On 15 March 2019, attacks at two Christchurch mosques left 51 people dead and a great many others with injuries that will stay with them for the rest of their lives. The violence on that day shocked and saddened our nation. It deeply affected the Muslim community, the first responders and hospital staff, the residents of Christchurch, and all New Zealanders. Many people had believed that New Zealand was highly unlikely to see such an attack, and the effects were felt worldwide.
As part of the response to the attacks, Parliament passed the Arms (Prohibited Firearms, Magazines, and Parts) Amendment Act 2019 on 11 April 2019. The Act prohibited firearms with the ability to cause harm in a rapid and highly destructive way from a distance.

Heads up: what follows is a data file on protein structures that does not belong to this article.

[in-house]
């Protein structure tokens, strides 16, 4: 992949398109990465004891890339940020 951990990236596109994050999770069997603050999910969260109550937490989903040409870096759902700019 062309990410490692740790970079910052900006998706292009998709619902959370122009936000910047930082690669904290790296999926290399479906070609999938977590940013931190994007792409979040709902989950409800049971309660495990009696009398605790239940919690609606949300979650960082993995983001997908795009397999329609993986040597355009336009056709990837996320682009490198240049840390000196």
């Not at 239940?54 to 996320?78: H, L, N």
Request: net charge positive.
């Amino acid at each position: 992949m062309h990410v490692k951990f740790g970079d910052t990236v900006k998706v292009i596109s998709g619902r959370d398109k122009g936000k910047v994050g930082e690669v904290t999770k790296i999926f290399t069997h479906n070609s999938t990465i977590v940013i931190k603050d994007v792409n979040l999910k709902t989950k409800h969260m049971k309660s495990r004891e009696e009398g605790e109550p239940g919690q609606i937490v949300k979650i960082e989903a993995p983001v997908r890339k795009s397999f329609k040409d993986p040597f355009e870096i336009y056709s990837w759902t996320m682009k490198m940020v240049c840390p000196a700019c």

The Act, supplemented by a set of associated statutory regulations, included a provision for a firearms buy-back and amnesty scheme (the scheme). The scheme allowed owners of newly prohibited firearms, magazines, and parts to hand them in to the New Zealand Police (the Police) in exchange for compensation. The purpose of the scheme was to improve public safety. This report examines how effectively and efficiently the Police implemented the scheme. The appointed auditor, Ernst & Young, provided assurance to the Police during the scheme’s implementation.